In April 2016, after two years of work, over eighty journalists cooperating under the auspices of International Consortium of Investigative Journalists published their findings from the so-called "Panama Papers" - revealing a massive underworld of offshore tax avoidance structures, with high-profile clients in dozens of countries around the world, including heads of state, elected officials, and business leaders. Post-leak technical analysis of Mossack Fonesca's IT environment revealed staggering vulnerabilities and damaging misconfigurations which could've allowed hackers to access and steal decades worth of records. Obsolete front-end technology, unencrypted email messaging, and a "high-risk SQL injection vulnerability" all offered the means by which the source of the leak, professing disgust with the firm's business practices, might have acquired the documents.

Political Hacking

The Mossack Fonesca disclosures damaged, and in some cases, toppled leaders around the world - part of a growing trend of politicized hacking. In July 2016, Wikileaks began publishing over 19,000 internal emails from the Democratic National Committee, obtained by a hacker calling themselves "Guccifer 2.0." While US law enforcement has publicly accused the Russian government of involvement in the breach, what is definitively known is that Clinton campaign chairman John Podesta was fooled into providing his Gmail login information to the hackers via a spearphishing email. The tactic, in which hackers sent a password reset email to Podesta, convincingly spoofing an official notification from Google, can be an effective form of social engineering - which is why tools such as SPF, DKIM, and DMARC can effectively reduce the ability of spearphishing emails to reach their targeted inbox.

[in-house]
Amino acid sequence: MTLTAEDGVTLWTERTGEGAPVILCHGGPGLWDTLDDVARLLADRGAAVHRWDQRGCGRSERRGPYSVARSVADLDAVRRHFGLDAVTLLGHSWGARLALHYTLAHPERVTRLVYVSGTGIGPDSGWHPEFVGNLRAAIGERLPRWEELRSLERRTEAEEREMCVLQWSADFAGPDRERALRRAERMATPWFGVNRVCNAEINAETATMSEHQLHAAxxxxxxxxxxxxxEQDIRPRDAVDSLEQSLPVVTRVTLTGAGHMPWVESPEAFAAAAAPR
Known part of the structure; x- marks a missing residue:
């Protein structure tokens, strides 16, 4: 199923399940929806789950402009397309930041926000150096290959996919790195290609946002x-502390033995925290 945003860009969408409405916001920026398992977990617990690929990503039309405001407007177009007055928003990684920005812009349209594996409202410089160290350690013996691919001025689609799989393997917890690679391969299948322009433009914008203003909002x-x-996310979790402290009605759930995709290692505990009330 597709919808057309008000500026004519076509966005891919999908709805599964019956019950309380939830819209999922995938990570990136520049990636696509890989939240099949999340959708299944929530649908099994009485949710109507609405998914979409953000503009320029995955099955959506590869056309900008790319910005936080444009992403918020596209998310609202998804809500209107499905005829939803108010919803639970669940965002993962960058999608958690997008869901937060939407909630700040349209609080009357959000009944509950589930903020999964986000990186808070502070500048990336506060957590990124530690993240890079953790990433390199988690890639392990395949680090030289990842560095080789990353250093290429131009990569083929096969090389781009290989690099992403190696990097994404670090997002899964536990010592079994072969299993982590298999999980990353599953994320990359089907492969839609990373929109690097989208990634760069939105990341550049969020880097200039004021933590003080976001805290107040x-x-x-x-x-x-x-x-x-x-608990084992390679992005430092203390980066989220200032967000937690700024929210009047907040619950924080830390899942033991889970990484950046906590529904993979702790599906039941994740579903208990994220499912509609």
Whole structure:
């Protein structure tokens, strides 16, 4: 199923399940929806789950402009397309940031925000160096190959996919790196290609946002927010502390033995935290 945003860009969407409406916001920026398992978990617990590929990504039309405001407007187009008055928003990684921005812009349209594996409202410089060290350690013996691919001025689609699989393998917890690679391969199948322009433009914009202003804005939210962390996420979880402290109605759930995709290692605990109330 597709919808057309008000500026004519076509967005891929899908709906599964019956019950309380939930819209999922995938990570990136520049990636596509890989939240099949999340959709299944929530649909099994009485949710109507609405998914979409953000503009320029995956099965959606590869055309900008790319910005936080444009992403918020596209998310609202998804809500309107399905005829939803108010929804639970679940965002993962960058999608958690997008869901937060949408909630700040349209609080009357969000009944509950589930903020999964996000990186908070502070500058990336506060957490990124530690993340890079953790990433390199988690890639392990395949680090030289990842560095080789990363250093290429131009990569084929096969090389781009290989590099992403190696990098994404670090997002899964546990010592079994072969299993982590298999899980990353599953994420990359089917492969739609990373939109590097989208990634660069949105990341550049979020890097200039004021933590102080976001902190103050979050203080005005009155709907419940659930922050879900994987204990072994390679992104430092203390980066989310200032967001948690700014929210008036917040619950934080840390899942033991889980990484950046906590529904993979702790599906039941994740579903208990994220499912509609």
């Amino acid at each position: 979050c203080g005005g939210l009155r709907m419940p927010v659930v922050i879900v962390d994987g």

Such hacks are hardly confined to the American political system. In April 2016, two hacking collectives claimed responsibility for the exposure of personal information for anywhere between 55 and 70 million Filipino voters in the run-up to the country's presidential election - perhaps the largest theft of government data ever.

That same month, Mackeeper uncovered an Amazon-hosted electoral database containing the voter registration records for 93.4 million Mexican citizens - more than 70 percent of the country's population; left-wing political party Movimento Ciudadano admits it put the information online.

In September 2016, MacKeeper also disclosed that two publicly accessible databases hosted on Google Cloud appeared to contain personal details, addresses, electoral records, and driver license information for nearly 10 million Louisianians. As with the Mexican data, this public access cloud had no password protections and was fully accessible via an open port using a deep crawl search engine.

Looking Forward

How best can companies respond if so afflicted in 2017? The example of "drag-n-drop" personal website host Weebly, which suffered a massive data breach, can be instructive. In February 2016, Weebly was attacked by hackers who stole information for 43 million users. Having encrypted customer passwords using bcrypt hash, hackers were unable to access customer websites. Weebly was also responsive to independent grey-hat hackers who notified them of the data breach, aiding in their swift response.

Hackers will continue to perfect newer tactics, such as ransomware attacks, and employ tried-and-true favorites, such as phishing schemes, to get what they want. But as the worst breaches of 2016 can show us, the success of all these efforts rely in at least some part on simple vulnerabilities and mistakes - which means they can be stopped.